In addition, the legislative assemblies of the self-governing or autonomous communities into which the provinces of Spain are grouped are entitled to appoint at least one senator each, as well as one senator for every million inhabitants, adding up a variable number of appointed seats to the directly-elected 208 senators.[2]

Apportionment[edit]

Escudo de España (colores THV).svg
This article is part of a series on the
politics and government of
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Foreign relations

Under Article 68 of the Spanish constitution, the boundaries of the electoral districts must be the same as the provinces of Spain and, under Article 141, this can only be altered with the approval of Congress.[1]

The apportionment of seats to provinces follows the largest remainder method over the resident population ("Padrón") with a minimum of two seats (Art. 162 of the Electoral Law).[3]

Eligibility[edit]

Dual membership of both chambers of the Cortes or of the Cortes and regional assemblies is prohibited, meaning that candidates must resign from regional assemblies if elected. Active judges, magistrates, public defenders, serving military personnel, active police officers and members of constitutional and electoral tribunals are also ineligible,[1] as well as CEOs or equivalent leaders of state monopolies and public bodies, such as the Spanish state broadcaster RTVE.[4]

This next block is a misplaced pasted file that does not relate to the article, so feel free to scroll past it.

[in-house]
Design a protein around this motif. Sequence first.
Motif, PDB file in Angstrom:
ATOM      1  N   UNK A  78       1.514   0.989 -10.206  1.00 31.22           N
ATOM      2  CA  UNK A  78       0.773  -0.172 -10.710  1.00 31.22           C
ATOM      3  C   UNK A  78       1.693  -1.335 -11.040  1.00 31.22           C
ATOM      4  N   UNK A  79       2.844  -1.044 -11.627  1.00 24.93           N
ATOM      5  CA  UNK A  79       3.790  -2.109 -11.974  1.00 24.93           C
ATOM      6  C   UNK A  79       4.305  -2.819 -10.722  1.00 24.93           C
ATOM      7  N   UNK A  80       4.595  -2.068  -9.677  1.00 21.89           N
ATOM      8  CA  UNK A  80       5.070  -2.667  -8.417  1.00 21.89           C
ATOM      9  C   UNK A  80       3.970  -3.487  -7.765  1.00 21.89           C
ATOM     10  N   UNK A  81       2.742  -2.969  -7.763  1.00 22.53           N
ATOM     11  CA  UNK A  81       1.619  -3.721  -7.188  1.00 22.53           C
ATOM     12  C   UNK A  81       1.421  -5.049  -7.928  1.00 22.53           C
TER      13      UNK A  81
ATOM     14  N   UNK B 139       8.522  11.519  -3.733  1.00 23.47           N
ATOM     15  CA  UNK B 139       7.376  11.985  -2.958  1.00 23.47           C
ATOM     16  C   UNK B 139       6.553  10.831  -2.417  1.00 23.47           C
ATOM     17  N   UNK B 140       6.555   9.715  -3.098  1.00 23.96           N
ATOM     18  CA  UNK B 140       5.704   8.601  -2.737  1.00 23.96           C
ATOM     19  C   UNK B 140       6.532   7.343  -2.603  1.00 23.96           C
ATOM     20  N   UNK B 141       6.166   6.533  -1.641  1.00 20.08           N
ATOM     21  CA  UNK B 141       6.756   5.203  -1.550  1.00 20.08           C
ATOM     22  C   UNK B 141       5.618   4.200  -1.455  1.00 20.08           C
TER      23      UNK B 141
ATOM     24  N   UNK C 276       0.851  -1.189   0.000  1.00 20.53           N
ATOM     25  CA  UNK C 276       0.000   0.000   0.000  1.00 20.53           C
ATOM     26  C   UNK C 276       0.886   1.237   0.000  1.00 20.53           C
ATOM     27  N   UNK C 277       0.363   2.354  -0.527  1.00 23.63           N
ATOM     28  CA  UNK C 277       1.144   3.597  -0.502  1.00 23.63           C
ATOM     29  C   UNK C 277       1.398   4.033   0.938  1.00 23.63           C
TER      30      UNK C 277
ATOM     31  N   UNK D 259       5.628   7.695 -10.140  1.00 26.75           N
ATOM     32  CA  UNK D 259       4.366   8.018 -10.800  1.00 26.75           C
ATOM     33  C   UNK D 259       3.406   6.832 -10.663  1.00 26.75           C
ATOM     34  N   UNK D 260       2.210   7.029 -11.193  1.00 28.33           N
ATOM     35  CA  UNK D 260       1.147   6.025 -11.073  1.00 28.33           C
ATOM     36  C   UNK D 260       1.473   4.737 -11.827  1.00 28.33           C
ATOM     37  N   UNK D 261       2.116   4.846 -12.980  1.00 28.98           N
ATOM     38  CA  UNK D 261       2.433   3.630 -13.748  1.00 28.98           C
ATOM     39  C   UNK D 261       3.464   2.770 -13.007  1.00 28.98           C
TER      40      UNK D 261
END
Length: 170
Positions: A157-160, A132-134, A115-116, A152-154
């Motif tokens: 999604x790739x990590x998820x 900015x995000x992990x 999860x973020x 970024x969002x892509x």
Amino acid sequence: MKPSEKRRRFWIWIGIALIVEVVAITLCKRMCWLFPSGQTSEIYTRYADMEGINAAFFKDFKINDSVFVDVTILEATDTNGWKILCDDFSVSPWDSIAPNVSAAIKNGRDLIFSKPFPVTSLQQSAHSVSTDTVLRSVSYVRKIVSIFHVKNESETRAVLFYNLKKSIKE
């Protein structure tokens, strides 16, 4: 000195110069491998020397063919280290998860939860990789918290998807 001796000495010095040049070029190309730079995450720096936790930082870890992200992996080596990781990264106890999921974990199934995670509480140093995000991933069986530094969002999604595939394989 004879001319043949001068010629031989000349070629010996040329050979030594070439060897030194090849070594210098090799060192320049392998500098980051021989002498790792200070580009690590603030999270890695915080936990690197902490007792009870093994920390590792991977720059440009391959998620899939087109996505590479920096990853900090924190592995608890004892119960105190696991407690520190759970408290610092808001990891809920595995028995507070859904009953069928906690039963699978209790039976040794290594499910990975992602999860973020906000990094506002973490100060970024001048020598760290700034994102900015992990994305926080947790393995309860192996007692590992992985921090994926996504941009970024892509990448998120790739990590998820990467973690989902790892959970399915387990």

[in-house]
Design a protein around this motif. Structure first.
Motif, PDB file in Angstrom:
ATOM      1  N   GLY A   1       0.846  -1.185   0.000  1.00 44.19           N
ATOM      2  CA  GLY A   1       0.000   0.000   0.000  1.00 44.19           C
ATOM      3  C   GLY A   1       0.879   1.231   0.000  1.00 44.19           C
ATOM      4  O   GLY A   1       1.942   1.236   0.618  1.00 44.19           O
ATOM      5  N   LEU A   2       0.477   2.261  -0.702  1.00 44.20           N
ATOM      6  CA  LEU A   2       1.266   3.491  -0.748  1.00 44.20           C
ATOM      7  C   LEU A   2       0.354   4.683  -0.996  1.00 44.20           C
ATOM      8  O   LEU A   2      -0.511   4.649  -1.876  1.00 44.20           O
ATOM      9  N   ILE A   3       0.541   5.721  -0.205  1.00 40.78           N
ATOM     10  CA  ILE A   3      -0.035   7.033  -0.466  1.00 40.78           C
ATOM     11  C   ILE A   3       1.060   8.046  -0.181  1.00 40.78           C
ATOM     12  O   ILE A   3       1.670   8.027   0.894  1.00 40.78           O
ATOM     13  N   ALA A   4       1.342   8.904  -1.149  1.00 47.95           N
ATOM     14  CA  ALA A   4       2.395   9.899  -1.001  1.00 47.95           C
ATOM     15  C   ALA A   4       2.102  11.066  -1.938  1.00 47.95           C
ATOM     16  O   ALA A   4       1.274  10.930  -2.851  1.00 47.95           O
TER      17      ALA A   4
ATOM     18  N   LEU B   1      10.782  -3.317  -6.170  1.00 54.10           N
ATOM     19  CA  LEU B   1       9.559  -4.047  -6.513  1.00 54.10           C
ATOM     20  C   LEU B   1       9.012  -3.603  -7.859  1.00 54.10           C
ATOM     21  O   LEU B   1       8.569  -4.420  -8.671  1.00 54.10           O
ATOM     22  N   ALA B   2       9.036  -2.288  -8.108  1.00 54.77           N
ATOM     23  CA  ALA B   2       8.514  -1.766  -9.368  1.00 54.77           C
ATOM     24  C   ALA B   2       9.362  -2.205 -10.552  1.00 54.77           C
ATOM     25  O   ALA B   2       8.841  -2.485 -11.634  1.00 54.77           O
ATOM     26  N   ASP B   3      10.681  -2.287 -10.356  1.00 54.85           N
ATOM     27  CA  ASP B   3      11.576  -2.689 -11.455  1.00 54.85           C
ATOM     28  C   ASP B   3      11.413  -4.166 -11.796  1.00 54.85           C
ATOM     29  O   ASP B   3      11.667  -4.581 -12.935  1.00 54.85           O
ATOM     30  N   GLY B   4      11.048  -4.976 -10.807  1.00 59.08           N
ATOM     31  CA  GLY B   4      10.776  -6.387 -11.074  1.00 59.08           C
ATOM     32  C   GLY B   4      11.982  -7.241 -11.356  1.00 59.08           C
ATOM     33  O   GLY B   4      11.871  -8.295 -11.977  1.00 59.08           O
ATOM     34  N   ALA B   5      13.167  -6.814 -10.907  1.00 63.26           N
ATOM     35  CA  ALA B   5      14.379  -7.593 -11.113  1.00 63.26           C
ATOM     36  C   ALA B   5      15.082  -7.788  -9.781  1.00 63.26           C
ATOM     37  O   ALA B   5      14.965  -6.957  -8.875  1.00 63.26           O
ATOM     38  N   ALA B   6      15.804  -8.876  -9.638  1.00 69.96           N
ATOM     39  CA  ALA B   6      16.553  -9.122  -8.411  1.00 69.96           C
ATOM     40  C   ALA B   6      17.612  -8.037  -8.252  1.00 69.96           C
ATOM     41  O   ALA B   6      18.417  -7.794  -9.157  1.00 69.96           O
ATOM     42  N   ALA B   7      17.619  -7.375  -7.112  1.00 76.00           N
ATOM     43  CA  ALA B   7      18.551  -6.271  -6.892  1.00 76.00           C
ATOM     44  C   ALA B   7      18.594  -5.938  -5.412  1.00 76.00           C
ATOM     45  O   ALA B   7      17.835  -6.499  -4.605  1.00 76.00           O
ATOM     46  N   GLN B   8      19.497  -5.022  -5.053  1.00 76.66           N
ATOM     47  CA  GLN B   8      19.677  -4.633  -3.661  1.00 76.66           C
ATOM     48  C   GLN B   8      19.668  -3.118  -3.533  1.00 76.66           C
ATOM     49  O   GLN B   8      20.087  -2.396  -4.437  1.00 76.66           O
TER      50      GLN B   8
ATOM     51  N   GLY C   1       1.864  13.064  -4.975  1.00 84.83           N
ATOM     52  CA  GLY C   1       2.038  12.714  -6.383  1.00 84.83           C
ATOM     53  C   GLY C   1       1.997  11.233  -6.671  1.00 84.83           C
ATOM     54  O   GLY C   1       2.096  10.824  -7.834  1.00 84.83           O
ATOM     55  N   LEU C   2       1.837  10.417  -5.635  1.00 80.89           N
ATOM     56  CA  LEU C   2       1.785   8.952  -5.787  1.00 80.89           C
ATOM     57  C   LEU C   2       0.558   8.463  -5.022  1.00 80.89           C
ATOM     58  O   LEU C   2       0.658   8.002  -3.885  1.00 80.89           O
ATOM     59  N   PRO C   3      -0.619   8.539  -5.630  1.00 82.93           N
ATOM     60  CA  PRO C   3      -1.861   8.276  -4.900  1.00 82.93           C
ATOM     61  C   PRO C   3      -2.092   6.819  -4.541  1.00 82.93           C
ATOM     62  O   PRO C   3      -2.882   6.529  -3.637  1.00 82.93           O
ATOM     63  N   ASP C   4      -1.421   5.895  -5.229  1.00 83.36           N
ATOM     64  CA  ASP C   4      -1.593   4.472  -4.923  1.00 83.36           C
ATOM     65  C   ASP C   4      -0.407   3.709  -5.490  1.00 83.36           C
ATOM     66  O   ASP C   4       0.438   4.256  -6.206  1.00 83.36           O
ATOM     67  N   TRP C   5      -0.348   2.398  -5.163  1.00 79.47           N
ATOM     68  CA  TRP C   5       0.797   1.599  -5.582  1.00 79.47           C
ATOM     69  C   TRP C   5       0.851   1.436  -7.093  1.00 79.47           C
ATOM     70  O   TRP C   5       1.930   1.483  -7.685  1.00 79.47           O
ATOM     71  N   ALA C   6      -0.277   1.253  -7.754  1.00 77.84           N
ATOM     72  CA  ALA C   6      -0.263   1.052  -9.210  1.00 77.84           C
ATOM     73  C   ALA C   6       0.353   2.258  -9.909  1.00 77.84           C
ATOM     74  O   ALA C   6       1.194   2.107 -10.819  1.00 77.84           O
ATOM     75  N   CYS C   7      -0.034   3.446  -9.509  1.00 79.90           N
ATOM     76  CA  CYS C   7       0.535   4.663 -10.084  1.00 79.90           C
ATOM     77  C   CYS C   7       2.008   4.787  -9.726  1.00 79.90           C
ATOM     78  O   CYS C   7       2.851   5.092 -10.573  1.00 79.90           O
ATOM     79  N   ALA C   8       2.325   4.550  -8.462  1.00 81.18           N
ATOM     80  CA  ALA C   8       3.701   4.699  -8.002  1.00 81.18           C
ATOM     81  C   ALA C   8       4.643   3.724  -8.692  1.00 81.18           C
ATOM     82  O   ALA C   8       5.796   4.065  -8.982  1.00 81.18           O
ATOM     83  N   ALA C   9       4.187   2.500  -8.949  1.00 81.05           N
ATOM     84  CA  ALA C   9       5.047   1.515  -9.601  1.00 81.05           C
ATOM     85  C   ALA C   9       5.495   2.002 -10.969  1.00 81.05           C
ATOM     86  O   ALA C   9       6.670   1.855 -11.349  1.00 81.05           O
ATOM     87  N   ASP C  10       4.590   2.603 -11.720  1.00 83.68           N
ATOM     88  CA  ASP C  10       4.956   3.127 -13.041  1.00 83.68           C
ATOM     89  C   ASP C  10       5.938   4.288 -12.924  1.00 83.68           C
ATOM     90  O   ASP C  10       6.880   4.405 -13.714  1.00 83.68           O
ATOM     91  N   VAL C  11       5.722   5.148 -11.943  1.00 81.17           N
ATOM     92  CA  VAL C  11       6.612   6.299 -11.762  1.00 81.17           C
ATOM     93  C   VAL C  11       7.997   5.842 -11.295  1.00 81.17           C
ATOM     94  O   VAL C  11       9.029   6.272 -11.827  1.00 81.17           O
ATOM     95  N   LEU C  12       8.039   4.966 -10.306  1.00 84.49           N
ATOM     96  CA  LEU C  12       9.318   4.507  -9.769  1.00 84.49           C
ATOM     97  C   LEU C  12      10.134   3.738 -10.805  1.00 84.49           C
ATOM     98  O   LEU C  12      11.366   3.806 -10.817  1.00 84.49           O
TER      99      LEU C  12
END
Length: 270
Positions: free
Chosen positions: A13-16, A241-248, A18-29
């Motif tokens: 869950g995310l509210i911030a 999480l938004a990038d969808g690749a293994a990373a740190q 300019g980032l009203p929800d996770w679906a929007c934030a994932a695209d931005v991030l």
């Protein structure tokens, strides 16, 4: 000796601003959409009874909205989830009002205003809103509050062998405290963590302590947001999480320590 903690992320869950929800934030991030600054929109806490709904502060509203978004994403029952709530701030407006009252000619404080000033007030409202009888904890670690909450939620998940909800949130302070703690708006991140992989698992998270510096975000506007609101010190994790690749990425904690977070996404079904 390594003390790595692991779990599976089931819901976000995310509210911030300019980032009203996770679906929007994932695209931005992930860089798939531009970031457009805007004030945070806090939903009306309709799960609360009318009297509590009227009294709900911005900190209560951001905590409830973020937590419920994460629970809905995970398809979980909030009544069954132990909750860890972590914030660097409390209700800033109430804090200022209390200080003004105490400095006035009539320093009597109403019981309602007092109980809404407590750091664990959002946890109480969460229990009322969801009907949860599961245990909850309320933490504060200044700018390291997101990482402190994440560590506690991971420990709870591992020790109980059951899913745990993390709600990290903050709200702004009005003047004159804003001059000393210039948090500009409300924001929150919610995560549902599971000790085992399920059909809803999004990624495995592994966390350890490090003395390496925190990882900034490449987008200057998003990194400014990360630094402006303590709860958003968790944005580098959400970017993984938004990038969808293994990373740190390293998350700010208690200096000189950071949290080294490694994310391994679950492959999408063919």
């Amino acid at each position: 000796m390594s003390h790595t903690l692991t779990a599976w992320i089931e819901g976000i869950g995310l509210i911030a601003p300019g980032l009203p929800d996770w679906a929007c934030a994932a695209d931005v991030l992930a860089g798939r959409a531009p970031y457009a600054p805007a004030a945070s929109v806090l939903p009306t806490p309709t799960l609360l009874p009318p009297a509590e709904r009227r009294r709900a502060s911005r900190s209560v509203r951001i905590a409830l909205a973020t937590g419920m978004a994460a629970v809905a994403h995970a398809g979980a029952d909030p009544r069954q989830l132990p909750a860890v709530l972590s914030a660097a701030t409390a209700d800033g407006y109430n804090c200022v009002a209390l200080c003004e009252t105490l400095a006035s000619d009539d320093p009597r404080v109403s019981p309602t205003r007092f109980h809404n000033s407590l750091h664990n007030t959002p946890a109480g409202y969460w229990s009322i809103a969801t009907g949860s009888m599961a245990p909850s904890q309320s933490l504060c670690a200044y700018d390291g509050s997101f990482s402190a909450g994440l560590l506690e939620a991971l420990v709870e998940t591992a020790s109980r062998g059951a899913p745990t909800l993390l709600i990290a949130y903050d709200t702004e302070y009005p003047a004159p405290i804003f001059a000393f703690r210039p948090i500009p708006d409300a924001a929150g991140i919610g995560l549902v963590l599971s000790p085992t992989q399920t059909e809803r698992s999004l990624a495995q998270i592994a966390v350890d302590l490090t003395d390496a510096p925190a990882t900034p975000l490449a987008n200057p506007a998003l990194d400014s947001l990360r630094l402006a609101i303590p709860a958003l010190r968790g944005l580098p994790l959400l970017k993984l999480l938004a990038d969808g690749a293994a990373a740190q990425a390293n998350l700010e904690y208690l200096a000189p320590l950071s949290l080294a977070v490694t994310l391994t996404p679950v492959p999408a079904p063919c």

Presenting candidates

Parties and coalitions of different parties which have registered with the Electoral Commission can present lists of candidates. Groups of electors which have not registered with the commission can also present lists, provided that they obtain the signatures of 1% of registered electors in a particular district.[4]

Background[edit]

In this election, the Communist Party of Spain joined with other minor left parties to form the electoral coalition Izquierda Unida; in Catalonia they ran as the Catalan Left Union. Similarly, the People's Alliance formed an electoral alliance with two other conservative parties to form the People's Coalition Coalición Popular.

Results[edit]

Party Votes % Seats +/–
Spanish Socialist Workers' Party 8,901,718 44.06 184 –18
People's Alliance 5,247,677 25.97 105 –2
Democratic and Social Centre 1,861,912 9.22 19 +17
Convergence and Union 1,014,258 5.02 18 +6
United Left 935,504 4.63 7 +3
Basque Nationalist Party 309,610 1.53 6 –2
Herri Batasuna 231,722 1.15 5 +3
Workers' Party of Spain – Communist Unity 229,695 1.14 0 New
Partido Reformista Democratico 194,538 0.96 0 0
Euskadiko Ezkerra 107,053 0.53 2 +1
Andalusian Party 94,008 0.47 0 0
Republican Left of Catalonia 84,628 0.42 0 –1
Coalicion Galega 79,972 0.40 1 New
Workers' Socialist Party 77,914 0.39 0 0
Aragonese Regionalist Party 73,004 0.36 1 New
Canarian Independent Group Coalition 65,664 0.33 1 New
Unio Valenciana 64,403 0.32 1 New
Party of the Communists of Catalonia 57,107 0.28 0 New
Partido Socialista Galego-Esquerda Galega 45,574 0.23 0 0
Falange Española De Las Jons 43,449 0.22 0 0
Communist Unification of Spain 42,451 0.21 0 0
Unitat Del Poble Valencia 40,264 0.20 0 0
Asamblea Canaria-Izquierda Nacionalista Canaria 36,892 0.18 0
The Greens 31,909 0.16 0
Lista Alternativa Verde 29,567 0.15 0
Vertice Español Reivindicacion Desarroll Ecologico 28,318 0.14 0
Unidad Popular Republicana 27,473 0.14 0
Galician Nationalist Bloc 27,049 0.13 0
Partido Obrero Socialista Internacionalista 21,853 0.11 0
Extremadura Unida 16,091 0.08 0
Partido Socialista Del Pueblo Andaluz 14,999 0.07 0
PSM Esquerra Nacionalista 7,539 0.04 0
Coalicion De Unidad Nacional 5,209 0.03 0
Revolutionary Workers' Party 5,126 0.03 0
Partit Socialdemocrata De Catalunya 4,885 0.02 0
Agrupacion De Electores Independientes 3,857 0.02 0